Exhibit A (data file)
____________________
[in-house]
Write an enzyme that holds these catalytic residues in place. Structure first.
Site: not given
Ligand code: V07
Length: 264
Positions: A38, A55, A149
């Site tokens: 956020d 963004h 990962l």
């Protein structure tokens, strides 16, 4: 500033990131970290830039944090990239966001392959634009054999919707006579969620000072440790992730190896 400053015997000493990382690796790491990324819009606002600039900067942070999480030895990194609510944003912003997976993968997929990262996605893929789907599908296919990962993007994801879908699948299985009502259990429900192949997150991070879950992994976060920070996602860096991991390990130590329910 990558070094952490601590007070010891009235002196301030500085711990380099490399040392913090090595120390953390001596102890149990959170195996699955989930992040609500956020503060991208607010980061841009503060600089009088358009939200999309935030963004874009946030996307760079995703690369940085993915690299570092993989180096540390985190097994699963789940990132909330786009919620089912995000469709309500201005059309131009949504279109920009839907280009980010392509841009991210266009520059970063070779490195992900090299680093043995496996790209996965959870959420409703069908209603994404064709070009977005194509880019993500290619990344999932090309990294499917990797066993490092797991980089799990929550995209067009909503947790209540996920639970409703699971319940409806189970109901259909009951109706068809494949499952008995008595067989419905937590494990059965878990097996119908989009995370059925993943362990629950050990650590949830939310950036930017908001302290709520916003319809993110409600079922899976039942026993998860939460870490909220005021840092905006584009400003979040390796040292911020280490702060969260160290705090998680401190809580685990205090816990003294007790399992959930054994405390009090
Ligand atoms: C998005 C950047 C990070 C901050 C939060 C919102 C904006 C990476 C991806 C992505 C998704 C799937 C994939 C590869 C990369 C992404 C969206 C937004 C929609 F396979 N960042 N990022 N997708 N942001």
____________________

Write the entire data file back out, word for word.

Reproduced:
[in-house]
Write an enzyme that holds these catalytic residues in place. Structure first.
Site: not given
Ligand code: V07
Length: 264
Positions: A38, A55, A149
């Site tokens: 956020d 963004h 990962l």
């Protein structure tokens, strides 16, 4: 500033990131970290830039944090990239966001392959634009054999919707006579969620000072440790992730190896 400053015997000493990382690796790491990324819009606002600039900067942070999480030895990194609510944003912003997976993968997929990262996605893929789907599908296919990962993007994801879908699948299985009502259990429900192949997150991070879950992994976060920070996602860096991991390990130590329910 990558070094952490601590007070010891009235002196301030500085711990380099490399040392913090090595120390953390001596102890149990959170195996699955989930992040609500956020503060991208607010980061841009503060600089009088358009939200999309935030963004874009946030996307760079995703690369940085993915690299570092993989180096540390985190097994699963789940990132909330786009919620089912995000469709309500201005059309131009949504279109920009839907280009980010392509841009991210266009520059970063070779490195992900090299680093043995496996790209996965959870959420409703069908209603994404064709070009977005194509880019993500290619990344999932090309990294499917990797066993490092797991980089799990929550995209067009909503947790209540996920639970409703699971319940409806189970109901259909009951109706068809494949499952008995008595067989419905937590494990059965878990097996119908989009995370059925993943362990629950050990650590949830939310950036930017908001302290709520916003319809993110409600079922899976039942026993998860939460870490909220005021840092905006584009400003979040390796040292911020280490702060969260160290705090998680401190809580685990205090816990003294007790399992959930054994405390009090
Ligand atoms: C998005 C950047 C990070 C901050 C939060 C919102 C904006 C990476 C991806 C992505 C998704 C799937 C994939 C590869 C990369 C992404 C969206 C937004 C929609 F396979 N960042 N990022 N997708 N942001």